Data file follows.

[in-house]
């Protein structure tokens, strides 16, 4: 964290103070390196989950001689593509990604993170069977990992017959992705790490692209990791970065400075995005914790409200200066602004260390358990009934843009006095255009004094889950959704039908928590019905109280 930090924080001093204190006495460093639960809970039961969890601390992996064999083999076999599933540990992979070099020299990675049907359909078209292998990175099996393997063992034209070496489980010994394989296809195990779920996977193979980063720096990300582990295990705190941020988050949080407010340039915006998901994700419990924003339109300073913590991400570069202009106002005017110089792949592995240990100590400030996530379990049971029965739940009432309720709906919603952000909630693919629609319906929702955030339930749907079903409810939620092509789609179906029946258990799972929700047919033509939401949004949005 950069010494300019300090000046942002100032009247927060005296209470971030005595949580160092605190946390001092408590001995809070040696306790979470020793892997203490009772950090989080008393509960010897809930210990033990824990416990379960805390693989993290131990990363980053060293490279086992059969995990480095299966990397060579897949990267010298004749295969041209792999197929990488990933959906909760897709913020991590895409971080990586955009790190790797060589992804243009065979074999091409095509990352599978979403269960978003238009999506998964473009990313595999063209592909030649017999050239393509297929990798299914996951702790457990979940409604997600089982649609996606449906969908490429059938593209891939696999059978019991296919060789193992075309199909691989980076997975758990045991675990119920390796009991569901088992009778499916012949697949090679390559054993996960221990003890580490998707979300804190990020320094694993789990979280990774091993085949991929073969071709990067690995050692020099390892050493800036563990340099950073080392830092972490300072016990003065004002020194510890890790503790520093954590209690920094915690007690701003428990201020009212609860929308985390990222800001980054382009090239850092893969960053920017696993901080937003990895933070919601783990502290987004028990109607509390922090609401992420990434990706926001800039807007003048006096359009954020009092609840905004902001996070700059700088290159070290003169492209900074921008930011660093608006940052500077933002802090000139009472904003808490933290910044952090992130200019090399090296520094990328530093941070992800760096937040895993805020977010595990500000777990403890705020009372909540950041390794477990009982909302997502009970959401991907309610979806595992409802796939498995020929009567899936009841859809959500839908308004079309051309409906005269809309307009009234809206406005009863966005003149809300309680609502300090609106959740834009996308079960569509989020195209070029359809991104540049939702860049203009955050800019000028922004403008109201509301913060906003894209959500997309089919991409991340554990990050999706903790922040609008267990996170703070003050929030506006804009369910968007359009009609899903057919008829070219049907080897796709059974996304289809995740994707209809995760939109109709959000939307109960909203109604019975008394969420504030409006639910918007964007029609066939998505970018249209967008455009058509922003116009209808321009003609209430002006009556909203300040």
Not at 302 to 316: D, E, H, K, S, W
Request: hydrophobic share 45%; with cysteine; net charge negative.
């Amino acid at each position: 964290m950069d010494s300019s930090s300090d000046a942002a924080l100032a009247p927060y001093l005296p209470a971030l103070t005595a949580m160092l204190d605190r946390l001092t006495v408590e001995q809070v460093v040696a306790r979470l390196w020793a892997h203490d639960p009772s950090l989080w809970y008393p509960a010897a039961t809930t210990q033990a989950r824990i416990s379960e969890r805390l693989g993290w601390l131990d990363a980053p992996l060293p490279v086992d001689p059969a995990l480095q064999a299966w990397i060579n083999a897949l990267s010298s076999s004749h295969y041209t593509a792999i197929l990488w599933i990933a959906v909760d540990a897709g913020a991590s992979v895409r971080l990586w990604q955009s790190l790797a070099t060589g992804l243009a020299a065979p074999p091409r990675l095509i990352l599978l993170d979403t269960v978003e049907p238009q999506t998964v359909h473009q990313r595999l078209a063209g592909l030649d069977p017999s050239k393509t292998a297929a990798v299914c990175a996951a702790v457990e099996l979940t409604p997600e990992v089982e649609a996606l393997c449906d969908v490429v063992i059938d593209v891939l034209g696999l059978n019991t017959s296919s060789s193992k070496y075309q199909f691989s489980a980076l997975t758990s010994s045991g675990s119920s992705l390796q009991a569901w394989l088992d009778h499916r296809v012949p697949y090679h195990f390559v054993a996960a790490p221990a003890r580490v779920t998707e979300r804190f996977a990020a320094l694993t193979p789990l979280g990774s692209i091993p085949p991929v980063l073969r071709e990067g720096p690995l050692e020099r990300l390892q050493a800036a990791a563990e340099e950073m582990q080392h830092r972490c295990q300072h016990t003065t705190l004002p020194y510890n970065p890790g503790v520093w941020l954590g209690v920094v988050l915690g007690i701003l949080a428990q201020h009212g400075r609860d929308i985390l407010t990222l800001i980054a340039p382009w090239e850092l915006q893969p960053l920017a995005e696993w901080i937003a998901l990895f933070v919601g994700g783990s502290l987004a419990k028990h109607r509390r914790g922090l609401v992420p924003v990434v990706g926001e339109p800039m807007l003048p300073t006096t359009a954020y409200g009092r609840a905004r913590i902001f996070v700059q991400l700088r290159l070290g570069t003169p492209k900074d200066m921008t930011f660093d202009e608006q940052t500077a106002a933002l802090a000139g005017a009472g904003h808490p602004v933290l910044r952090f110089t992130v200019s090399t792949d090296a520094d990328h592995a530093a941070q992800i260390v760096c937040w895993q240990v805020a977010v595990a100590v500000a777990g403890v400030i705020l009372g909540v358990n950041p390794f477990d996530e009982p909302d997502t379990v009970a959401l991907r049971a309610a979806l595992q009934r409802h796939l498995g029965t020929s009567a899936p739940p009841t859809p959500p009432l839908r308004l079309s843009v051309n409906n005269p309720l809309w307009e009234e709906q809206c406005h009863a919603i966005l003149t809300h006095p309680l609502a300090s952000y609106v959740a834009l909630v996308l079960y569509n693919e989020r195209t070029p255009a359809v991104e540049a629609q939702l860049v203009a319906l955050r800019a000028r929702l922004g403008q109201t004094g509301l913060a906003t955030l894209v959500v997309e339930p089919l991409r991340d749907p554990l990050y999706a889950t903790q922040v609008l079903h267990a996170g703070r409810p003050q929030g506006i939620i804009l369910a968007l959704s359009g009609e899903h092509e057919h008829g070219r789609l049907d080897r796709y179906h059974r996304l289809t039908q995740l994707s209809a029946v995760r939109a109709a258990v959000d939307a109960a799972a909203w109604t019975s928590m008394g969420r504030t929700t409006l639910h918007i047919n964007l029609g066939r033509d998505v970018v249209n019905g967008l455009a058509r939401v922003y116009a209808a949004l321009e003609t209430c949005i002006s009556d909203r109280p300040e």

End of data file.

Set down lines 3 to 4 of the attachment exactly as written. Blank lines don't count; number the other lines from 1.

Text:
Not at 302 to 316: D, E, H, K, S, W
Request: hydrophobic share 45%; with cysteine; net charge negative.